Objective The objective of the study was to determine the cost-effectiveness of a hypothetical state-funded program offering immediate postpartum implant (IPI) insertion for adolescent mothers. Study Design Participants in an adolescent prenatal-postnatal program were enrolled in a prospective observational study of IPI insertion (IPI group, n = 171) vs standard contraceptive initiation (comparison group, n = 225). Implant discontinuation, repeat pregnancies and pregnancy outcomes were determined. We compared the anticipated public expenditures for IPI recipients and comparisons at 6, 12, 24, and 36 months postpartum using the actual outcomes of this cohort and Colorado Medicaid reimbursement estimates. Costs were normalized to 1000 adolescents in each arm and included 1 year of well-baby care for delivered pregnancies. Results At 6 months, the expenditures of the IPI group exceed the comparison group by $73,000. However, at 12, 24, and 36 months, publicly funded IPIs would result in a savings of more than $550,000, $2.5 million, and $4.5 million, respectively. For every dollar spent on the IPI program, $0.79, $3.54, and $6.50 would be saved at 12, 24, and 36 months. Expenditures between the IPI and comparison groups would be equal if the comparison group pregnancy rate was 13.8%, 18.6%, and 30.5% at 12, 24, and 36 months. Actual rates were 20.1%, 46.5%, and 83.7%. Conclusion Offering IPIs to adolescent mothers is cost effective. Payors that do not currently cover IPI should integrate these data into policy considerations.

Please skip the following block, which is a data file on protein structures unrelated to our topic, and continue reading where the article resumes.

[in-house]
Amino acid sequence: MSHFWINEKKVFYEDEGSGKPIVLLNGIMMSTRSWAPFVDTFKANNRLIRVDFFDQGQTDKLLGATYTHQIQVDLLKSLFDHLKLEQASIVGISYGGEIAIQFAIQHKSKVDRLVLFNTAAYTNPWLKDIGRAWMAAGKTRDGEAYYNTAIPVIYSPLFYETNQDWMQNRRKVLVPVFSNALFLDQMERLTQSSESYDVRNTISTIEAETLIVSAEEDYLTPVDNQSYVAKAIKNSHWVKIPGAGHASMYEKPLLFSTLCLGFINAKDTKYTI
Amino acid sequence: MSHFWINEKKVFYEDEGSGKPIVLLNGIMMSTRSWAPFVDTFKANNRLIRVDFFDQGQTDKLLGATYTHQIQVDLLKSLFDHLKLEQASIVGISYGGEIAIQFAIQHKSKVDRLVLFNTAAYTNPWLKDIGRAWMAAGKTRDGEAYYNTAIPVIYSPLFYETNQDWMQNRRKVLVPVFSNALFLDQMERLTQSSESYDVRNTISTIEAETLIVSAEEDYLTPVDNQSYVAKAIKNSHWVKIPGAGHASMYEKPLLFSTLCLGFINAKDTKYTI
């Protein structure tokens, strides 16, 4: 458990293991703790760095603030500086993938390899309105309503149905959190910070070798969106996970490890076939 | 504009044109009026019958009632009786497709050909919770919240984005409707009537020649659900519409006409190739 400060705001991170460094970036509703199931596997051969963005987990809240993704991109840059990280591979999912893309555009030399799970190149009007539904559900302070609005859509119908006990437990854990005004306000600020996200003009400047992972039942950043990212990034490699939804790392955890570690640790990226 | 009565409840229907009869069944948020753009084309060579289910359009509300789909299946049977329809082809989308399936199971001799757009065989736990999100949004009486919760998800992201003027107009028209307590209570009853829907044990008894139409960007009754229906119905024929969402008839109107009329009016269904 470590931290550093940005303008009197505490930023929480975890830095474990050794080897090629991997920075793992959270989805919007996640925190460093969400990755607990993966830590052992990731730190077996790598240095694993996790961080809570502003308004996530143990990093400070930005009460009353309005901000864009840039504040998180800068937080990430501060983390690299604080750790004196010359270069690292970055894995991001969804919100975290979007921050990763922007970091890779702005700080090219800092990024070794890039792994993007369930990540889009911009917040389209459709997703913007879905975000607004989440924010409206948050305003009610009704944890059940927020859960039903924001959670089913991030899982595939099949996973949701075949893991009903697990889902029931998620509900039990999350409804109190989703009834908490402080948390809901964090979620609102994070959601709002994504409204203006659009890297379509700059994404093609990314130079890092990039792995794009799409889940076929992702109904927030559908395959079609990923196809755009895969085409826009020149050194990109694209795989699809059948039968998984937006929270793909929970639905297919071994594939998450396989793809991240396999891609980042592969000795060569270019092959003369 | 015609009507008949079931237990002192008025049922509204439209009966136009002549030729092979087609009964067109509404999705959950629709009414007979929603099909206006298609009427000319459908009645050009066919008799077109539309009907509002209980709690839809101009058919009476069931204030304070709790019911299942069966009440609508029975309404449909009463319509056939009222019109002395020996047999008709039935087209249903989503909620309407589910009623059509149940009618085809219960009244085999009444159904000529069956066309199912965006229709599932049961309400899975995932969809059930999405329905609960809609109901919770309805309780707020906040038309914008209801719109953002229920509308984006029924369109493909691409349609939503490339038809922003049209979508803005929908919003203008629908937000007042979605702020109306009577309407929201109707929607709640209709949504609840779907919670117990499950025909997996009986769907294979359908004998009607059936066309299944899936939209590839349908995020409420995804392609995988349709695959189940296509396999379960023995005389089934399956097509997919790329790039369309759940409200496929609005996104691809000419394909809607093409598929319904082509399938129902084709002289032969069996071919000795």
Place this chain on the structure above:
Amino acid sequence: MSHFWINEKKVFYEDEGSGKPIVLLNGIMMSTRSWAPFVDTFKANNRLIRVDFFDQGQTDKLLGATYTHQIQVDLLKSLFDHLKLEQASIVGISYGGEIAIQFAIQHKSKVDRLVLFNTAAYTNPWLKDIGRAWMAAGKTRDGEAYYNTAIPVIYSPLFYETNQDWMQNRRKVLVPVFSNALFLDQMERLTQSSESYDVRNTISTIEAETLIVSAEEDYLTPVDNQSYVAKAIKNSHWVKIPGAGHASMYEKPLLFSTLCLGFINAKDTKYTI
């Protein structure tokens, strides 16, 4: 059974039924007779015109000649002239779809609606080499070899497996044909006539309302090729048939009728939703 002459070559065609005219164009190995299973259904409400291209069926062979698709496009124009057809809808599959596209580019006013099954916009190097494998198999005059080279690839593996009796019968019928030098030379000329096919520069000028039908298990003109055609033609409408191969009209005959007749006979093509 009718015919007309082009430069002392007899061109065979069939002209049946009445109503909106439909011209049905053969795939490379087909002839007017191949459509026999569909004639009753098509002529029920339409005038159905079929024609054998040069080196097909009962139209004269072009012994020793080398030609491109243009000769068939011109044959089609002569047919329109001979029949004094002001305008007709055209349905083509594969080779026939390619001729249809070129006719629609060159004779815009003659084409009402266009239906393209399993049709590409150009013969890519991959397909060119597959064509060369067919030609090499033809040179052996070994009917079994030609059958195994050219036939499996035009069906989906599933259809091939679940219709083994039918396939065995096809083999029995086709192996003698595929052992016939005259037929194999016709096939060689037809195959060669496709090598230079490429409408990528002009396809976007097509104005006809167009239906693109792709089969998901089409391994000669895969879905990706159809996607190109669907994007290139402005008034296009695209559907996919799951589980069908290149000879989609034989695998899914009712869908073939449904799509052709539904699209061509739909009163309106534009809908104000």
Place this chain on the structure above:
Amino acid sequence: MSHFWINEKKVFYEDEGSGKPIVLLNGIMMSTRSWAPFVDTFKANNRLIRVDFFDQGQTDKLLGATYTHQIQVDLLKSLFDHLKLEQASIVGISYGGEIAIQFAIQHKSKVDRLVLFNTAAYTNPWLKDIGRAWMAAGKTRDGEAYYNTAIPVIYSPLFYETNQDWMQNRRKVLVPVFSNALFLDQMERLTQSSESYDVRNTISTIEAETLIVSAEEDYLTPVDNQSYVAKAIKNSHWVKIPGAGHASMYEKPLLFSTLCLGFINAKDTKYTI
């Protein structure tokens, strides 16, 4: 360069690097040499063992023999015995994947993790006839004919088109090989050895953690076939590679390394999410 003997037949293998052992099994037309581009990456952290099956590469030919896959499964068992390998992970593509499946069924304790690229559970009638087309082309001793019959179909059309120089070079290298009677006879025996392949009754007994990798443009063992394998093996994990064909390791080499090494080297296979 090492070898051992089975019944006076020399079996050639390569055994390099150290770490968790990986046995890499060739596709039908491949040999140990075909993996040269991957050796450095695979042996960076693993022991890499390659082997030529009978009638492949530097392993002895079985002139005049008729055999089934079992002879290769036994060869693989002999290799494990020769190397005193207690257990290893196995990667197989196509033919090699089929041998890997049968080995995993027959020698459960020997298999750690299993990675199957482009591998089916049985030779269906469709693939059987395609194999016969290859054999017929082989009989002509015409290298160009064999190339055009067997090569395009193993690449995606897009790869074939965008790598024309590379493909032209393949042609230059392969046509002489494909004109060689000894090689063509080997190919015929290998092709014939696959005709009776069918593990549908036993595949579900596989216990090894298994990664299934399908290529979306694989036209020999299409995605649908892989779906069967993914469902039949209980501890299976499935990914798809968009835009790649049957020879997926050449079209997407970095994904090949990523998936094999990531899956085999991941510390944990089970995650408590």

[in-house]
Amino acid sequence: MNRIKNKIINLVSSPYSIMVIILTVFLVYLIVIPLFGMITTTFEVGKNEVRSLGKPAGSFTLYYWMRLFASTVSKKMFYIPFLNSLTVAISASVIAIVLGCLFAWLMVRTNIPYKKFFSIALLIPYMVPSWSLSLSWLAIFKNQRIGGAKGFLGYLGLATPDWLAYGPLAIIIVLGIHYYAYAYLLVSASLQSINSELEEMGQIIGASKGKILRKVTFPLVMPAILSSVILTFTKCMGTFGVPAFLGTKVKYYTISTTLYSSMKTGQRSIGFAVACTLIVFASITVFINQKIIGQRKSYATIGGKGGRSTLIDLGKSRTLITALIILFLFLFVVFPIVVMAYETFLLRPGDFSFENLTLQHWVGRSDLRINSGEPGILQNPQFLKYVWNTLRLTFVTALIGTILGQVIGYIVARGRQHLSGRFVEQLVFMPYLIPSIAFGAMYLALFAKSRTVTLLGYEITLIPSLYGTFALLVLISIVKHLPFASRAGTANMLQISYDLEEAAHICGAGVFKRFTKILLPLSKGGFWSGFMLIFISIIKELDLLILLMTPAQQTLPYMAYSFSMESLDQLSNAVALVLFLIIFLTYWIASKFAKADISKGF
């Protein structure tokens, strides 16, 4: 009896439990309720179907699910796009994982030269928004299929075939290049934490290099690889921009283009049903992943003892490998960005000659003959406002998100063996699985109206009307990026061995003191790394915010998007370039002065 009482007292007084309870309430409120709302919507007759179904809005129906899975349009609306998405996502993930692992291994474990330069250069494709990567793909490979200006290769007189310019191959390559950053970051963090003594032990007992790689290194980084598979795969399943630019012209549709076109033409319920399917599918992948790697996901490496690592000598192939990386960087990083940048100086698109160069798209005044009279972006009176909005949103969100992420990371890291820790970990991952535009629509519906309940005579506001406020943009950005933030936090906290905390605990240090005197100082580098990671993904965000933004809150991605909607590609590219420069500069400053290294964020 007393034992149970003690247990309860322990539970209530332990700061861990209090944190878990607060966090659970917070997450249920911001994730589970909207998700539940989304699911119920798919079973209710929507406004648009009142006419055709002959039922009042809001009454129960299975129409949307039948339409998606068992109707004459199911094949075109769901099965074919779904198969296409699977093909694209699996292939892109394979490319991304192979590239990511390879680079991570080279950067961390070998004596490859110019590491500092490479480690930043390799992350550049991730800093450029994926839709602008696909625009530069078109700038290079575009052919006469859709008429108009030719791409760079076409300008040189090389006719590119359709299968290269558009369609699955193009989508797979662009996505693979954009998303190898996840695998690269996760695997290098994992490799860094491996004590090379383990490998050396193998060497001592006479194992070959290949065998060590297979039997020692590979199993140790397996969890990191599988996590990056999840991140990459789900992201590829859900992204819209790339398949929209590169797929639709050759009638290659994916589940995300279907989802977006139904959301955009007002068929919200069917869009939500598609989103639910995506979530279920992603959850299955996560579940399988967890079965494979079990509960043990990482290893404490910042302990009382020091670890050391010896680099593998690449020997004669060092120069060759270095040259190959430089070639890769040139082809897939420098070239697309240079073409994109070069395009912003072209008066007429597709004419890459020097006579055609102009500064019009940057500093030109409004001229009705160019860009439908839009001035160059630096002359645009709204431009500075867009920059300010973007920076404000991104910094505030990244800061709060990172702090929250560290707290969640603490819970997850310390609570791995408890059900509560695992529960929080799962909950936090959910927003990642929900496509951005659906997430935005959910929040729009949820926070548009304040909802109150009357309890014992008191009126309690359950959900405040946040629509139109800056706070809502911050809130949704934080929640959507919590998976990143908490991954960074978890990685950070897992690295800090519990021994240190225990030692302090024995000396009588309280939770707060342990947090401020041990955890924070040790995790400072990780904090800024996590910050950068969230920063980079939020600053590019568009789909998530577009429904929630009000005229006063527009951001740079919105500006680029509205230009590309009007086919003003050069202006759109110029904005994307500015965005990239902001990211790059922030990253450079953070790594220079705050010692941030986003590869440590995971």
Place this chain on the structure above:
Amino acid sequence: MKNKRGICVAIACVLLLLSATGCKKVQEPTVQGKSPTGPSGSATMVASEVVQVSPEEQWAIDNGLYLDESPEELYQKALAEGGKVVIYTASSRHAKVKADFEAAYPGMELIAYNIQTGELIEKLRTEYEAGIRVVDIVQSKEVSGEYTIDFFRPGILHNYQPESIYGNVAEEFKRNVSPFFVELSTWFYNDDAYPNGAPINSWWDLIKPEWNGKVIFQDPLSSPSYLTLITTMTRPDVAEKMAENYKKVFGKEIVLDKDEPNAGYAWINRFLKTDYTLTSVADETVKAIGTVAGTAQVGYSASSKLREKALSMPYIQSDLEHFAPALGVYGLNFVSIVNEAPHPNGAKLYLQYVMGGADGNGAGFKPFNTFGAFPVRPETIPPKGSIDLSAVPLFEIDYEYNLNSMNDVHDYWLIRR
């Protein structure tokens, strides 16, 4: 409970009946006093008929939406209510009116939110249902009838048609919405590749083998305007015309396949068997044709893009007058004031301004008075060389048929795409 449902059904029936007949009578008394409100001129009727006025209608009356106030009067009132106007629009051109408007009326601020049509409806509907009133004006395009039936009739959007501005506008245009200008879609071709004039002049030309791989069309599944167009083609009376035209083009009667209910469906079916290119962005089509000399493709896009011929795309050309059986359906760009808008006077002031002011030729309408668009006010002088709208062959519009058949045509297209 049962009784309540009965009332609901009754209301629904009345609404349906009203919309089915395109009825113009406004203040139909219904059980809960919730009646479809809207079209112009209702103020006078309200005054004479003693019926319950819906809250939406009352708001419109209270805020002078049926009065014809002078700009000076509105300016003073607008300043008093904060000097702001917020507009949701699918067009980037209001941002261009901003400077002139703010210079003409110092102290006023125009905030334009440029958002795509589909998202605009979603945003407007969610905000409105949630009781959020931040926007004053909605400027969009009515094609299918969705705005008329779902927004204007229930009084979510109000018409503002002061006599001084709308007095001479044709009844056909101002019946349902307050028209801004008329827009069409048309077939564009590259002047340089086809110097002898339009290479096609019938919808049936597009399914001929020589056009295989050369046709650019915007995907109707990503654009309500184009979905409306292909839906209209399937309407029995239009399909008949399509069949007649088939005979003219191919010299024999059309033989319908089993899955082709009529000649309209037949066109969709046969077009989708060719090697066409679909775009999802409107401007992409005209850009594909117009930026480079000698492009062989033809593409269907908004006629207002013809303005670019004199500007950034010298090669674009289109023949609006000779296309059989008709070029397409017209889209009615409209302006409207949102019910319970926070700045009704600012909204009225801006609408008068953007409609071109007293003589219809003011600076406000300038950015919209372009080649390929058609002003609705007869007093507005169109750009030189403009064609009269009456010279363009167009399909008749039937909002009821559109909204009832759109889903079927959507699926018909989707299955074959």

- immediate contraception
- long-Acting reversible contraception
ASJC Scopus subject areas
- Obstetrics and Gynecology